Oakland added on in the sixth on RBIs from Rosales and Rajai. Given the recent struggled of the Oakland bullpen, which has choked up 17 runs in its past 13-2/3 collective innings, the insurance seemed a definite necessity. It proved unnecessary, however, as Liam Hendriks, Frankie Montas, Daniel Coulombe and Ryan Madson combined to post three zeroes to secure Gray’s first win of the season.
The Red Sox offense was led by Pedroia, whose 2-for-4 night accounted for Boston’s only multi-hit performance, extending him to hits in 21 straight games against the A’s. Oakland, on the other hand, got multi-hit games from Rajai (2-for-4), Lowrie (2-for-4), Khris (2-for-3) and Plouffe (3-for-4), who added a pair of runs scored.
Vogt said that while his team played well in all three facets of the game, there is no mistaking who was the first star on San Jose Sharks night at the Oakland Coliseum:
“We did a lot of good things today. But, most importantly, Sonny was the man of the night, and he did what he does best.”
These two teams clash once again Friday. Getting the nod for the A’s will be sinker-baller Kendall Graveman (2-2, 3.95 ERA). Taking the ball for Boston is baseball’s strikeout leader (85), Chris Sale (4-2, 2.15 ERA). He will be in search of an MLB record-tying eighth consecutive 10-strikeout outing, a record of which he already has a piece having matched Pedro Martinez (1999) as a member of the Chicago White Sox in 2005.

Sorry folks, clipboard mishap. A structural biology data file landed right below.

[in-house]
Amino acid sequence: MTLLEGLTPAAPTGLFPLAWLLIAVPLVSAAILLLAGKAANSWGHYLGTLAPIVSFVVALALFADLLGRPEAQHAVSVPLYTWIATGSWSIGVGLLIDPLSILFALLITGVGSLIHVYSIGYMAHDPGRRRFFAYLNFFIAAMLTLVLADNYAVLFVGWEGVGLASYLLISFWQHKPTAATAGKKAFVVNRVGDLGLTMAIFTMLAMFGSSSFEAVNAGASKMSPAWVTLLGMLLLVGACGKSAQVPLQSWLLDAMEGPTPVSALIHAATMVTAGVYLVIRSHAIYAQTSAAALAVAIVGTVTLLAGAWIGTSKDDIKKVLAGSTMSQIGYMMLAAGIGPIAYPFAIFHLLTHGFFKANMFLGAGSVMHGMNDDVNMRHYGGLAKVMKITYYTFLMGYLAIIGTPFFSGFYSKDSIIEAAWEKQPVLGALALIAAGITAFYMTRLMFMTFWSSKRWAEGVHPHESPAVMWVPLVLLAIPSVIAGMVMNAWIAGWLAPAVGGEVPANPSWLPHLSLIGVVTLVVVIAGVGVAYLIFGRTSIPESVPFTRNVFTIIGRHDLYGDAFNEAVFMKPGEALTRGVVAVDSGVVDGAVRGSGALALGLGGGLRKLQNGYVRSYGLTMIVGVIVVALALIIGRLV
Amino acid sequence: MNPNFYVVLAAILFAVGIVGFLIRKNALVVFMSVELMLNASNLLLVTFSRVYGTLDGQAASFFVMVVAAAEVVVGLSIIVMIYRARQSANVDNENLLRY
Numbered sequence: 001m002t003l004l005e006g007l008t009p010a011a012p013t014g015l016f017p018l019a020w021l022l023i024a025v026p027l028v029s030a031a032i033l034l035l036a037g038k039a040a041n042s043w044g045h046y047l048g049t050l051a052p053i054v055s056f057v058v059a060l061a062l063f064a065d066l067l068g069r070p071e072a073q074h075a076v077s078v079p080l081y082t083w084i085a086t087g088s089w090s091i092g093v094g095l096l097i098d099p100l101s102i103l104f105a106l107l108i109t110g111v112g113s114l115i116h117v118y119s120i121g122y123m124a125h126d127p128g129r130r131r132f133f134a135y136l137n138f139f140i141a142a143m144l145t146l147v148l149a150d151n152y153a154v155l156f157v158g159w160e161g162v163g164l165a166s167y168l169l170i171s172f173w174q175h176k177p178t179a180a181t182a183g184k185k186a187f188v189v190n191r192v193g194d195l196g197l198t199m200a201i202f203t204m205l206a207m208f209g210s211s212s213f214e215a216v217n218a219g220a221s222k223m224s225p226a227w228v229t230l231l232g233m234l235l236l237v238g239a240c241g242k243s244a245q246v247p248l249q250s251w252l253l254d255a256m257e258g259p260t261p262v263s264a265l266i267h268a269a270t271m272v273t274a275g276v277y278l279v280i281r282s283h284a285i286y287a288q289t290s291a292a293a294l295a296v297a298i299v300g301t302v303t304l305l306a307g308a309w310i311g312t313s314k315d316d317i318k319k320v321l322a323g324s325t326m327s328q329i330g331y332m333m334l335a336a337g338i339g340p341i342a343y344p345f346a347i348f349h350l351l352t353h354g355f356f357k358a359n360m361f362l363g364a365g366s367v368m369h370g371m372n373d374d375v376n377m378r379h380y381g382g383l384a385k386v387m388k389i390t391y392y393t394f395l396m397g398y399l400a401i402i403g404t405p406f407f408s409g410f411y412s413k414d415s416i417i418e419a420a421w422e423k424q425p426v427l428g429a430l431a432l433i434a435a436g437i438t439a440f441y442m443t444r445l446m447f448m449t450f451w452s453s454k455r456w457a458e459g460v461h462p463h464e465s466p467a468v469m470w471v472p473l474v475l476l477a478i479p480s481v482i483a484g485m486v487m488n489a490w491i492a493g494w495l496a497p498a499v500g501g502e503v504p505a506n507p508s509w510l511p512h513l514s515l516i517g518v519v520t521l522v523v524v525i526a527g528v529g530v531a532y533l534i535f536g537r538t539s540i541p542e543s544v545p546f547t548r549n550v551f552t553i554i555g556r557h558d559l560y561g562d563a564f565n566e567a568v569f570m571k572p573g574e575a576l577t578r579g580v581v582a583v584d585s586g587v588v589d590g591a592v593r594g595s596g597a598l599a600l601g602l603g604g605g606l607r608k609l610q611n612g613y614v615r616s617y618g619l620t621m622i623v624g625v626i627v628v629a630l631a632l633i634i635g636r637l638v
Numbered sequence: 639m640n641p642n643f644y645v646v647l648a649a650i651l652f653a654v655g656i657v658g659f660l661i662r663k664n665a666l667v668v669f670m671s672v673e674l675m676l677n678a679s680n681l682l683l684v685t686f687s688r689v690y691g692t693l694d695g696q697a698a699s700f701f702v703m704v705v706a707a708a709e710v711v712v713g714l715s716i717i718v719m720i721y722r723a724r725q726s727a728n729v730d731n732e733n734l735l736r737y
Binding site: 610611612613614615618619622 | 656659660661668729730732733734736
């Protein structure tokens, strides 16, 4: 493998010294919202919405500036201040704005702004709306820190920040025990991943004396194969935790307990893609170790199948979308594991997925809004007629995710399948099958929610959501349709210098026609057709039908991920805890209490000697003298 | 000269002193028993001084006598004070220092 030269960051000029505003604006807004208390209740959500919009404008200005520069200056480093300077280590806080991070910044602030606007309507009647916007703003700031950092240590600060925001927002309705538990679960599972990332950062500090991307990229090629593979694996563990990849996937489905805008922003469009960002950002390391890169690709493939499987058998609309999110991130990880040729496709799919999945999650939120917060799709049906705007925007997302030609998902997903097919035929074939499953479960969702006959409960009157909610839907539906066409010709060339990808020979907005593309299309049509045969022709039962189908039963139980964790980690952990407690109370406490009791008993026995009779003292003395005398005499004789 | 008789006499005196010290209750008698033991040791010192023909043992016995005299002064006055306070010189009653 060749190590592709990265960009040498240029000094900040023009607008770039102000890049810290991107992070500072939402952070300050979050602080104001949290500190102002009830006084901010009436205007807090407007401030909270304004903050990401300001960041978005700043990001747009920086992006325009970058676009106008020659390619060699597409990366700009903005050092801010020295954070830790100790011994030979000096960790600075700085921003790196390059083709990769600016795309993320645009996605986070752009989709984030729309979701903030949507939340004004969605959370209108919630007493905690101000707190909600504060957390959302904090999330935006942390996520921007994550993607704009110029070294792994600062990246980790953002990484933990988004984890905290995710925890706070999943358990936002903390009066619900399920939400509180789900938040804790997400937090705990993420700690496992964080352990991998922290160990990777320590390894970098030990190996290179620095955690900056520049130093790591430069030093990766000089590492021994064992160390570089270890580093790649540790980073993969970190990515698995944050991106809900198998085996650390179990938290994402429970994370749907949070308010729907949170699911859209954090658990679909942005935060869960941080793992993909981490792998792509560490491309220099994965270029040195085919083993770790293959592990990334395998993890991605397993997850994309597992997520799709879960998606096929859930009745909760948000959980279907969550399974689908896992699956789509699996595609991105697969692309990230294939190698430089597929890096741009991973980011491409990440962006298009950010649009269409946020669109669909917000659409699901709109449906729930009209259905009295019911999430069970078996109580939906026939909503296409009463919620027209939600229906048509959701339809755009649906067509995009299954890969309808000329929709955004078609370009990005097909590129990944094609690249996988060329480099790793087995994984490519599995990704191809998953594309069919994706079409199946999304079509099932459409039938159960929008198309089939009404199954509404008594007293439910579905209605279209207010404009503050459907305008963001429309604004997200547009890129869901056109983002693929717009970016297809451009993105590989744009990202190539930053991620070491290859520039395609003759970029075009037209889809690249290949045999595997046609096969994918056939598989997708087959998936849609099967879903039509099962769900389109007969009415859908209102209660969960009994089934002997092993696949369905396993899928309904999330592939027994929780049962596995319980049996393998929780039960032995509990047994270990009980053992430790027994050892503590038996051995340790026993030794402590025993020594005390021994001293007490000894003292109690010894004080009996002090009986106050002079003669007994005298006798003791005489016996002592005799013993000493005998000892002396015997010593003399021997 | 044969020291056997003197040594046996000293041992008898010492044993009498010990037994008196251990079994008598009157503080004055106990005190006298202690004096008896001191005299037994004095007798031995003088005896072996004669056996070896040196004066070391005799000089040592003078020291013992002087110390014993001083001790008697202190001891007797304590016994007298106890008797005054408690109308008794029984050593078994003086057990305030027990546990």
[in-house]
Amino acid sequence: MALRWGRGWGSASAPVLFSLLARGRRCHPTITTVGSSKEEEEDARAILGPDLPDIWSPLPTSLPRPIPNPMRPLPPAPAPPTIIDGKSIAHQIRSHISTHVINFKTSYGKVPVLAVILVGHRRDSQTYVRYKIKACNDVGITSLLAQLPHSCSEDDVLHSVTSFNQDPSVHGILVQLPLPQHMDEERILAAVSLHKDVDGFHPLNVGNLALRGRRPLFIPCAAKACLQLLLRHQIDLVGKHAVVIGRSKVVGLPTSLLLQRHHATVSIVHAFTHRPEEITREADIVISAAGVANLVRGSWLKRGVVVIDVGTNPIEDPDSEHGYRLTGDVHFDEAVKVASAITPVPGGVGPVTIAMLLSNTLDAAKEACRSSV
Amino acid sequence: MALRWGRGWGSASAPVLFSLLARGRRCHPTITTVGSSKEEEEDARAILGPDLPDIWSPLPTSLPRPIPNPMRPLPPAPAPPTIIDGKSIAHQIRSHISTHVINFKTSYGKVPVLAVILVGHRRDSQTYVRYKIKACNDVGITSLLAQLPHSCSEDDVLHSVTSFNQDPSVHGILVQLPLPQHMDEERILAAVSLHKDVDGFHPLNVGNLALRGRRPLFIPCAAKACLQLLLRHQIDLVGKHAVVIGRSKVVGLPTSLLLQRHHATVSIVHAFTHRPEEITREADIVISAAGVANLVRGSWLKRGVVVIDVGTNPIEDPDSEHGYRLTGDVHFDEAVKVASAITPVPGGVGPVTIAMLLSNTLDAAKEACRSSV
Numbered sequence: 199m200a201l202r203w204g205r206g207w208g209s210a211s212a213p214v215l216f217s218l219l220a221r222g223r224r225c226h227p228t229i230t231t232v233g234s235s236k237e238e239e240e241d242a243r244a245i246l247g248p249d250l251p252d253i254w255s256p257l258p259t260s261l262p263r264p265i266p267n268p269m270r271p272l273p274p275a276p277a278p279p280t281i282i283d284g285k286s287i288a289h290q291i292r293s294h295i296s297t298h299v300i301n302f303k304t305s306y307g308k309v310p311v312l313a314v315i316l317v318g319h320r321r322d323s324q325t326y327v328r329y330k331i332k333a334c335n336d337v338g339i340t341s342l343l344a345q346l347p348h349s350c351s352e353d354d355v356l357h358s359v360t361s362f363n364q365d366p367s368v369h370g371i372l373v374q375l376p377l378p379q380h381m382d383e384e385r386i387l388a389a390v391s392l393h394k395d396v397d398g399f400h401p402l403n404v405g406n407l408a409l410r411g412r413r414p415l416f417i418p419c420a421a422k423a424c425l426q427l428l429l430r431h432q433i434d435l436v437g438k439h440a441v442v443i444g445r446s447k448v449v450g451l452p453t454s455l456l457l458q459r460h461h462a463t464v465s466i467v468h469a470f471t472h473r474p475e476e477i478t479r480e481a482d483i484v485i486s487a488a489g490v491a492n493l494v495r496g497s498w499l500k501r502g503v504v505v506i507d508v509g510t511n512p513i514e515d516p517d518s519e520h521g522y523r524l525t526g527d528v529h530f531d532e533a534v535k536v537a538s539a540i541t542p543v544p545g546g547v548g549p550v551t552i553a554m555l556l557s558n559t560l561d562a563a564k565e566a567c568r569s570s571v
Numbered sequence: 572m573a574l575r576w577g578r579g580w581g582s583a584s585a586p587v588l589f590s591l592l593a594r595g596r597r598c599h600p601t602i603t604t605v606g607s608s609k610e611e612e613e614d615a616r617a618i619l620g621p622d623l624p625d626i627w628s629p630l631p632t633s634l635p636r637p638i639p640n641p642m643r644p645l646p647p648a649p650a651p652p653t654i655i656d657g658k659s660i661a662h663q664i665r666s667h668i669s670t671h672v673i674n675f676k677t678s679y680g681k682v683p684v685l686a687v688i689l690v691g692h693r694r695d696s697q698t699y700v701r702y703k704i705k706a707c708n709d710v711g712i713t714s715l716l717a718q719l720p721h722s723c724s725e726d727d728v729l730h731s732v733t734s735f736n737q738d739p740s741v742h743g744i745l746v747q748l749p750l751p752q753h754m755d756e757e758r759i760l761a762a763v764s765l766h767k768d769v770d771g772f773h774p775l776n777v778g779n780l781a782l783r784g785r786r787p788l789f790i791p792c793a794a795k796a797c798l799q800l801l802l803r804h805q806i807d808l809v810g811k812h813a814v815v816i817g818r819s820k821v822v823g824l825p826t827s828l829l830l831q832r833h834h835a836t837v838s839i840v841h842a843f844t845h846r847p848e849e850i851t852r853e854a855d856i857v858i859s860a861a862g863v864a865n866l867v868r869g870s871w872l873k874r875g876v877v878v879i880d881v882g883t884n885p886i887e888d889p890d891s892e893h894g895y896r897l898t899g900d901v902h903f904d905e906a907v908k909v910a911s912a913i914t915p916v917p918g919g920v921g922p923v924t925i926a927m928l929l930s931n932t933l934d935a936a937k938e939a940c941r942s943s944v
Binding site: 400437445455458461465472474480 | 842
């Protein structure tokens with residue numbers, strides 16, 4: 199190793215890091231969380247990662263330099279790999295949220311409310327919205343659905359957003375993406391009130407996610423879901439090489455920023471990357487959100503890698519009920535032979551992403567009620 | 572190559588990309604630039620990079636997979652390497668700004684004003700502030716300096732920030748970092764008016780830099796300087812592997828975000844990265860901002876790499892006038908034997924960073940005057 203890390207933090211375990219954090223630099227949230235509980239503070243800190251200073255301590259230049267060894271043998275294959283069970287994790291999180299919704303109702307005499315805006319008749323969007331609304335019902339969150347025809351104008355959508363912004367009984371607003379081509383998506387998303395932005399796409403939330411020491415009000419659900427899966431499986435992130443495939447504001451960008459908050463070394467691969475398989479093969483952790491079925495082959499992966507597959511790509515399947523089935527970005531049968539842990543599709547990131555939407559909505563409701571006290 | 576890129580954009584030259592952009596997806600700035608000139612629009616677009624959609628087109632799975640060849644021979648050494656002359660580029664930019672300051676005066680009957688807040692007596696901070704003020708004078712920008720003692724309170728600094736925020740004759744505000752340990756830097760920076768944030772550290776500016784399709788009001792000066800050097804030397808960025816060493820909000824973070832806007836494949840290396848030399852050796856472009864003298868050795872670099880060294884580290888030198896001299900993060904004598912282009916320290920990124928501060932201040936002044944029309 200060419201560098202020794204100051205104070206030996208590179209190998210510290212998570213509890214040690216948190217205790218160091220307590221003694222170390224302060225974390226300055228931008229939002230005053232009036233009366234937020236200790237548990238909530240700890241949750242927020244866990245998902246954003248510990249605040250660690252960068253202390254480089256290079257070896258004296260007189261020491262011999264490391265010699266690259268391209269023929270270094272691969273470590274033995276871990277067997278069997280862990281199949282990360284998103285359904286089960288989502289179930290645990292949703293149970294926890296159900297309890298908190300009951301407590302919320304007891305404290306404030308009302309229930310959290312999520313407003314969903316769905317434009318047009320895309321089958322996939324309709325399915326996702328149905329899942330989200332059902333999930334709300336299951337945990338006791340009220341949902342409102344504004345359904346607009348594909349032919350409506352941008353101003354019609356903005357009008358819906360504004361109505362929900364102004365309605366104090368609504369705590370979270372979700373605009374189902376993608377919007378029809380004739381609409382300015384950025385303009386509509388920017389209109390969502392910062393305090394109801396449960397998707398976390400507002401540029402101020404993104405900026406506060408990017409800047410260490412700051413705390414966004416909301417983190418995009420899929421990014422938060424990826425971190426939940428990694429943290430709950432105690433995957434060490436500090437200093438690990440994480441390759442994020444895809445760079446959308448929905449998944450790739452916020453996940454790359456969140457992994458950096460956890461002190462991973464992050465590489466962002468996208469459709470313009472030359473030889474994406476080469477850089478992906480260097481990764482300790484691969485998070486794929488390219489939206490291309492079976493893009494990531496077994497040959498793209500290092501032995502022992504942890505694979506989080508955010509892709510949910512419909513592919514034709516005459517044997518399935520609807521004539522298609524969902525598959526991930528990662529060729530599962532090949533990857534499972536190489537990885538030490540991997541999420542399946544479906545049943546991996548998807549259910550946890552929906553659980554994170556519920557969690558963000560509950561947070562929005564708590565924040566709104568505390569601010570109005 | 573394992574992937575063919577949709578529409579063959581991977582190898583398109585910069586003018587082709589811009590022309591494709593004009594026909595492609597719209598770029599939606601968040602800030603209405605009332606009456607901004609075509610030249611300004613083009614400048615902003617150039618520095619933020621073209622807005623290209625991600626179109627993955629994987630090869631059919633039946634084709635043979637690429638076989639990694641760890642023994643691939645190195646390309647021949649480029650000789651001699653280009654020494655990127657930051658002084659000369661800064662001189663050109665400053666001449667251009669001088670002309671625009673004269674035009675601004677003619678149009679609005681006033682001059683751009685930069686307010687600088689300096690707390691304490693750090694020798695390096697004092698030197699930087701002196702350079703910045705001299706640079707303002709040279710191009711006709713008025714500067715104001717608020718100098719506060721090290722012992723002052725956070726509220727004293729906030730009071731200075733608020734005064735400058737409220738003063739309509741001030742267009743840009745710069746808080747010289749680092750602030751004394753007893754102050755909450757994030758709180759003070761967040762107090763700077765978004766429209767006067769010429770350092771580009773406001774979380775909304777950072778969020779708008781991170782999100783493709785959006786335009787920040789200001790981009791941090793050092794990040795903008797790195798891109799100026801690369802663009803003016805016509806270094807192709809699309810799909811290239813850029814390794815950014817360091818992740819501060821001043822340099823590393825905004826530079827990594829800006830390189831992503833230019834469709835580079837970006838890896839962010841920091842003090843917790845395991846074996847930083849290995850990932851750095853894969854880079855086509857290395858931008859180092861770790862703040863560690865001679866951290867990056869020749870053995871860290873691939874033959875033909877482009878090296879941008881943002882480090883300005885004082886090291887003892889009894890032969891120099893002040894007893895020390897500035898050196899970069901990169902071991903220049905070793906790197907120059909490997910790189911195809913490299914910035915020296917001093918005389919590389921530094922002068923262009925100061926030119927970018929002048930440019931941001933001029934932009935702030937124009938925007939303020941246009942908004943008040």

A’s home run and RBI leader Yonder Alonso (12, 29) was lifted in the seventh inning of Wednesday’s 4-0 loss at the Seattle Mariners (19-22) due to soreness in his left knee. He missed the game Thursday as well, but manager Bob Melvin said after the game that MRI results show no structural damage. He is expected to play later in the series. … With Jed Lowrie and Khris Davis each homering in the first, the A’s recorded back-to-back home run for the first time in 2017. … Both Daniel Mengden (right foot) on John Axford (right shoulder) made rehab appearances for Triple-A Nashville. Mengden tossed 6 four-hit innings, allowing one earned run while walking none and striking out seven. He threw 72 pitches. Axford needed just five pitches to get through his own perfect inning of relief.
Kalama Hines is SFBay’s sports director and Oakland Athletics beat writer. Follow @SFBay and @HineSight_2020 on Twitter and at SFBay.ca for full coverage of A’s baseball.